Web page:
Earlier today (May 22, 2017), the U.S. Supreme Court unanimously held that venue for patent infringement suits against U.S. companies is limited to the company’s state of incorporation or where the company has a “regular and established place of business.”  The Supreme Court’s decision—TC Heartland LLC v. Kraft Foods Group Brands LLC, Case No. 16-341—dramatically reshapes the patent litigation landscape.  For many years, venue has been deemed proper over a U.S. company wherever an accused product is found, providing plaintiffs with great flexibility in selecting a forum they perceived as favorable.  The Eastern District of Texas has been the major beneficiary of that flexibility for many years; for example, according to legal analytics company Lex Machina, one-third of all patent infringement cases commenced in the First Quarter of 2017 were filed in E.D. Texas, a statistic that has been relatively stable for some time.  Yet very few patent infringement defendants are incorporated within that district or otherwise have regular and established places of business there.  TC Heartland will remove E.D. Tex. as a favored locale for patent infringement cases (particularly for non-practicing entities).  As a result, expect to see new filings swell in other venues – particularly in the District of Delaware, where most large U.S. companies are incorporated.

(The paragraph above distills the case’s holding and impact on patent infringement litigation moving forward.  For those interested in more details, read on.)

TC Heartland sought Supreme Court review contending that lower court practice was based on the U.S. Court of Appeals for the Federal Circuit’s misconstruction of the applicable venue statutes.  The U.S. Code contains a special venue provision for patent infringement lawsuits (28 U.S.C. § 1400(b)), providing that “[a]ny civil action for patent infringement may be brought in the judicial district where the defendant resides, or where the defendant has committed acts of infringement and has a regular and established place of business.”  Sixty years ago, the Supreme Court held in Fourco Glass Co. v. Transmirra Products Corp., 353 U.S. 222, 226 (1957), that a U.S. company “resides” only in its place of incorporation.  In 1990, however, the Federal Circuit held that domestic companies could be sued for patent infringement in any U.S. judicial district where they were subject to personal jurisdiction.  VE Holding Corp. v. Johnson Gas Appliance Co., 917 F.2d 1574 (Fed. Cir. 1990).  The Federal Circuit’s holding stemmed from its view that 1988 amendments to the general venue statute (28 U.S.C. § 1391(c)) had modified the special patent venue statute to incorporate this broader concept of venue.  In practice, VE Holding permitted plaintiffs to file patent infringement suits anywhere that infringing goods could be found after having been placed into “the stream of commerce,” meaning virtually anywhere.  As a result, patent plaintiffs over time increasingly directed their cases to districts that they perceived as more favorable to patent litigation, with the Eastern District of Texas accounting for up to 40% of all patent infringement cases filed.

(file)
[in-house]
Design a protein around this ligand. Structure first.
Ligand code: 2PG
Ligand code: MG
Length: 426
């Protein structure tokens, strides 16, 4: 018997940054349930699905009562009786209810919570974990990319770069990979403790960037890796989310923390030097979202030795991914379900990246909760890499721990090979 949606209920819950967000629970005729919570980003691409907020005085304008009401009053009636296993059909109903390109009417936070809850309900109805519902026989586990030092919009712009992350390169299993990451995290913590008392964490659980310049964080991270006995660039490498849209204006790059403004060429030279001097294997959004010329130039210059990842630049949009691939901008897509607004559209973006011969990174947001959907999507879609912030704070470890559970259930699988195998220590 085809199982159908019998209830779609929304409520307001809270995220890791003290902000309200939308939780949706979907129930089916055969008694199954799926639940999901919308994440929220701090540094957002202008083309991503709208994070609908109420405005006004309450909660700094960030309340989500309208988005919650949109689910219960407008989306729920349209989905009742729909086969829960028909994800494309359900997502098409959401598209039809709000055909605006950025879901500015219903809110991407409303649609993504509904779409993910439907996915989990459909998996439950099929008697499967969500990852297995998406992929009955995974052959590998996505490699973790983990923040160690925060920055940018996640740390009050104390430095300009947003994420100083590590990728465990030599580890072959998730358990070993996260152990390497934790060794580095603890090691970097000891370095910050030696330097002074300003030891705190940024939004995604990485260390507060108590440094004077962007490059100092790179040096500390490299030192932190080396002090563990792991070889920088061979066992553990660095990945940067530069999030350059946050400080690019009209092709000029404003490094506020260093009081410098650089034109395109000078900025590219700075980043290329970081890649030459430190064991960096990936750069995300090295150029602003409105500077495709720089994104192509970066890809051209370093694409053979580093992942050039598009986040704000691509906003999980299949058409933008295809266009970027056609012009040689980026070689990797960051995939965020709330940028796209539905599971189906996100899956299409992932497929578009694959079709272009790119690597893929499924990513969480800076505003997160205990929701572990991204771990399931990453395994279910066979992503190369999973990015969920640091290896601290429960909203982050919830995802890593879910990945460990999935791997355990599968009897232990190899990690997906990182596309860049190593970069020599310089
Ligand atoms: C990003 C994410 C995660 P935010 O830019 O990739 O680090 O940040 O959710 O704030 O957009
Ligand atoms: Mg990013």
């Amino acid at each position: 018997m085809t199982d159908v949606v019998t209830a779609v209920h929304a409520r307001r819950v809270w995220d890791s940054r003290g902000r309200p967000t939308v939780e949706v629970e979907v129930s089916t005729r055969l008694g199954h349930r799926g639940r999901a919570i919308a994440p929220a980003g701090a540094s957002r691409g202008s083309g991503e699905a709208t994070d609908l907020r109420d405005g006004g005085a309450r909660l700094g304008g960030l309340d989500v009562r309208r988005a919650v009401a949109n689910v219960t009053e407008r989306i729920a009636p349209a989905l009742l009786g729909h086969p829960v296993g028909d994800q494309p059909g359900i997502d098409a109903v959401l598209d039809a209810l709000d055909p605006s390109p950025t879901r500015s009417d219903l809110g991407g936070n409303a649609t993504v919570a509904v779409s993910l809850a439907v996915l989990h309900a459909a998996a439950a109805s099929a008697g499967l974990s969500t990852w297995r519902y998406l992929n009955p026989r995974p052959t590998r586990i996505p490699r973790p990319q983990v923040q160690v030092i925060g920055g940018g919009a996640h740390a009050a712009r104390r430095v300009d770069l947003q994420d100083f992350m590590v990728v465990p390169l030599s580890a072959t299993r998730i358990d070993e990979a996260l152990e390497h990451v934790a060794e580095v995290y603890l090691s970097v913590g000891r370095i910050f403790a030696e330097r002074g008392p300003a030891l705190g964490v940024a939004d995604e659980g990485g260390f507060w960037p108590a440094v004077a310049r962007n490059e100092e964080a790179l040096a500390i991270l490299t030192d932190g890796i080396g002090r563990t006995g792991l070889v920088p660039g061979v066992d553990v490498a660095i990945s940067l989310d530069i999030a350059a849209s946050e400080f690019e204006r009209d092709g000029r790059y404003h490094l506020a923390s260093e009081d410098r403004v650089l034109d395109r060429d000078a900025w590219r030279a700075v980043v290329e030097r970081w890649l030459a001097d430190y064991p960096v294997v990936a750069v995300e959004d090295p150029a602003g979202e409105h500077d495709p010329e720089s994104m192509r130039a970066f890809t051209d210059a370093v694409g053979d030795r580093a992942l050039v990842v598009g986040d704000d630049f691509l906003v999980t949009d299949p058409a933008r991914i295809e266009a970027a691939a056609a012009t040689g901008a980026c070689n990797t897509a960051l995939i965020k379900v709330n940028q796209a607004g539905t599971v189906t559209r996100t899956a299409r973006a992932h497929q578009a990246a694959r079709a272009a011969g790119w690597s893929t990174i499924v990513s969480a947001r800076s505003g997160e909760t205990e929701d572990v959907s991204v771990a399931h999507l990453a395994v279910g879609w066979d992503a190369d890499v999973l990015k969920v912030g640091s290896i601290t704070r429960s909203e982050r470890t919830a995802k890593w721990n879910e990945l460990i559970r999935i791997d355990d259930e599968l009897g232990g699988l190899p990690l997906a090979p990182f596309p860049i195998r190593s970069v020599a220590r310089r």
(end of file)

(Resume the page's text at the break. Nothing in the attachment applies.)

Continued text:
At oral argument, questions from the Supreme Court justices appeared to express some concern about the impact of an about-face on venue given 25+ years of practice since VE Holding.  The Court’s resulting opinion, however, provides lower courts no guidance for how to turn the clock back to patent venue law circa 1957.  In the short term, expect a deluge of venue transfer motions.  Among the issues open for decision in such cases will be the scope of a “regular and established place of business” in a given district.  That alternative, statutory basis for venue, which was rendered irrelevant while the Federal Circuit’s broad view of patent venue held sway, may itself become the basis for some amount of collateral litigation.  Other practical issues include:

  • how, with only two full-time judges (after Judge Robinson’s imminent retirement and Judge Sleet’s senior status), the District of Delaware will handle the likely influx of new and transferred cases;
  • whether so-called patent assertion entities (PAEs), who regularly filed their cases in Texas, will reduce their activity because TC Heartland requires that they file infringement lawsuits in forums that are the defendants’ “home court”; and,
  • how the business model for PAEs will be impacted, including whether the secondary market for patents will be injured by the ruling.

For more information on this case, please review our prior blogs on this matter (here, here, and here).